database for use by user facing systems. Obviously I need to write the
final result for each hourly window after we’re past that window of time
(or I can write as often as it gets updated but the problem is that the
external database is not as fast as Kafka). I do understand that I need to
take into account the fact that events may arrive out of order and there
may be some records arriving a little bit after I’ve considered the
previous window over and have moved to the next one. I’d like to have some
sort of an hourly trigger (not just pure x milliseconds trigger, but also
support for cron style timing) and then also have the option to update the
stats I’ve already written for a window a set amount of time after the
trigger got triggered so that I can deal with events which arrive after the
write for that window. And then there’s a cut-off point after which
updating the stats for a very old window is just not worth it. Something
like this DSL:

kstream.trigger(/* when to trigger */ Cron.of(“0 * * * *”), /* update
every hour afterwards */ Hours.toMillis(1), /* discard changes older than
this */ Hours.toMillis(24), /* lambda */ (windowStartTime, windowedKey,
record) -> { /* write */ } );

The tricky part is reconciling event source time and event processing
time. Clearly this trigger is in the event processing time whereas the data
is in the event source time most probably.

Something like that :)

Ara.

On Sep 26, 2016, at 1:59 AM, Michael Noll <michael@confluent.io<mailto:michael@confluent.io><mailto:m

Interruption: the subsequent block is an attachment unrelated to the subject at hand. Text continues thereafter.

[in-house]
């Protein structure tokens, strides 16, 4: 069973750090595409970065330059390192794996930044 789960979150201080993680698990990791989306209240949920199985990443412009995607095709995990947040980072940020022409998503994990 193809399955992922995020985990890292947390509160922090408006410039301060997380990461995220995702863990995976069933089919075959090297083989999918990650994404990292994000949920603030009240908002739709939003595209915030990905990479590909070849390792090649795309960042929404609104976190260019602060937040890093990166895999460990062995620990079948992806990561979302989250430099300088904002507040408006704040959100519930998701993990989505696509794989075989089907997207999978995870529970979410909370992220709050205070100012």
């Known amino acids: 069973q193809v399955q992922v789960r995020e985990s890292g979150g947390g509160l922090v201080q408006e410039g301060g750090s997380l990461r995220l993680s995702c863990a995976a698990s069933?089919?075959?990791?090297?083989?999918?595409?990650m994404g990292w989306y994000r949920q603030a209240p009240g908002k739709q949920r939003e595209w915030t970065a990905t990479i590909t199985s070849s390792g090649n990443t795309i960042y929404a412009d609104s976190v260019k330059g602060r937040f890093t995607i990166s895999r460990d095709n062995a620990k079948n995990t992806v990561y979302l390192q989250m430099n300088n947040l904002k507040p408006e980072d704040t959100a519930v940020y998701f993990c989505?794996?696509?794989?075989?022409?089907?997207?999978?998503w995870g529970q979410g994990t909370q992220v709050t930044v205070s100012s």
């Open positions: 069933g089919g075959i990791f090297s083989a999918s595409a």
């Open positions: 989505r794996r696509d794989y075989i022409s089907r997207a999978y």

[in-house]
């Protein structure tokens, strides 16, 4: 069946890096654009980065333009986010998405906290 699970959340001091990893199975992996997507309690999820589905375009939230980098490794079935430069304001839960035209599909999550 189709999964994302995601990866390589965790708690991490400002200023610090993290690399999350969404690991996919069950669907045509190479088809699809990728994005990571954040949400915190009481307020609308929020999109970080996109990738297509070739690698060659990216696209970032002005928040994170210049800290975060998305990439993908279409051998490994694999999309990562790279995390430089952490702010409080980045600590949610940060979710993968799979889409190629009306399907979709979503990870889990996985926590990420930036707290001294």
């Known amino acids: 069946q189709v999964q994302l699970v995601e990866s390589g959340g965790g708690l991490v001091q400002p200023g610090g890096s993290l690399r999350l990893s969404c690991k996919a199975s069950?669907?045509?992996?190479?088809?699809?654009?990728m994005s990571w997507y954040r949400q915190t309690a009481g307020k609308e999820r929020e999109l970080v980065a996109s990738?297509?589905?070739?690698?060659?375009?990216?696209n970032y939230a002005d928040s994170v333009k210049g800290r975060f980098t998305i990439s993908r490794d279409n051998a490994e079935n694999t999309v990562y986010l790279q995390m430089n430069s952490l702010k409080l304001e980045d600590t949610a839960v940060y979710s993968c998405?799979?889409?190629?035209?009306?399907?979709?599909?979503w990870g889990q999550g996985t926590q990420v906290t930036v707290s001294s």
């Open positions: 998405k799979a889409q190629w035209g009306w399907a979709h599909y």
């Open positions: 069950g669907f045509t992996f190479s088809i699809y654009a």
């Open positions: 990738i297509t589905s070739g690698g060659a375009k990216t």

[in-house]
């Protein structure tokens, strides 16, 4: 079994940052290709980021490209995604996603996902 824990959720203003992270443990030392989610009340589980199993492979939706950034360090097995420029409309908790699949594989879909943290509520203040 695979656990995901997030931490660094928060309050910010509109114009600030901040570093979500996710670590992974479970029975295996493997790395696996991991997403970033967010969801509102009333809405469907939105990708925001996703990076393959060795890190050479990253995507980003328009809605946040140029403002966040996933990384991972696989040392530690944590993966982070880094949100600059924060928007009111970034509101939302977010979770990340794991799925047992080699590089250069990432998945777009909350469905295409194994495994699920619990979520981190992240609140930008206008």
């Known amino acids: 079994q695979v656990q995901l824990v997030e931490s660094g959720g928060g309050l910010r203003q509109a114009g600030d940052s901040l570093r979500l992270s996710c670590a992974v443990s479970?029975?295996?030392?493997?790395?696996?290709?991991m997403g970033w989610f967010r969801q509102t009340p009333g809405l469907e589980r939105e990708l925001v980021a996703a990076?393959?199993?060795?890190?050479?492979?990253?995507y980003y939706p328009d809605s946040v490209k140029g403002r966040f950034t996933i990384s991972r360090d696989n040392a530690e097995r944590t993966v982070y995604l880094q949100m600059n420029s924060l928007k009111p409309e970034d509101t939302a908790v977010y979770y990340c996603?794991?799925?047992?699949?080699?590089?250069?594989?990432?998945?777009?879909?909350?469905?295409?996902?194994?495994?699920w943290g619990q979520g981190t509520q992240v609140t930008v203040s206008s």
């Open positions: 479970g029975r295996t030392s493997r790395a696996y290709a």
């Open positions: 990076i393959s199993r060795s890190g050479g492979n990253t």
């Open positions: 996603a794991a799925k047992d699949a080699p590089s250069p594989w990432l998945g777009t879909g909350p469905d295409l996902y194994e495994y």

ichael@confluent.io<mailto:ichael@confluent.io>>> wrote:

Ara,

may I ask why you need to use micro-batching in the first place?

Reason why I am asking: Typically, when people talk about micro-batching,
they are refer to the way some originally batch-based stream processing
tools "bolt on" real-time processing by making their batch sizes really
small.  Here, micro-batching belongs to the realm of the inner workings of
the stream processing tool.

Orthogonally to that, you have features/operations such as windowing,
triggers, etc. that -- unlike micro-batching -- allow you as the user of
the stream processing tool to define which exact computation logic you
need.  Whether or not, say, windowing is or is not computed via
micro-batching behind the scenes should (at least in an ideal world) be of
no concern to the user.

-Michael





On Mon, Sep 5, 2016 at 9:10 PM, Ara Ebrahimi <ara.ebrahimi@argyledata.com<mailto:ara.ebrahimi@argyledata.com><
mailto:ara.ebrahimi@argyledata.com>>
wrote:

Hi,

What’s the best way to do micro-batching in Kafka Streams? Any plans for a
built-in mechanism? Perhaps StateStore could act as the buffer? What
exactly are ProcessorContext.schedule()/punctuate() for? They don’t seem
to be used anywhere?

http://hortonworks.com/blog/apache-storm-design-pattern-micro-batching/

Ara.



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--
-- Guozhang



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Thank you in advance for your cooperation.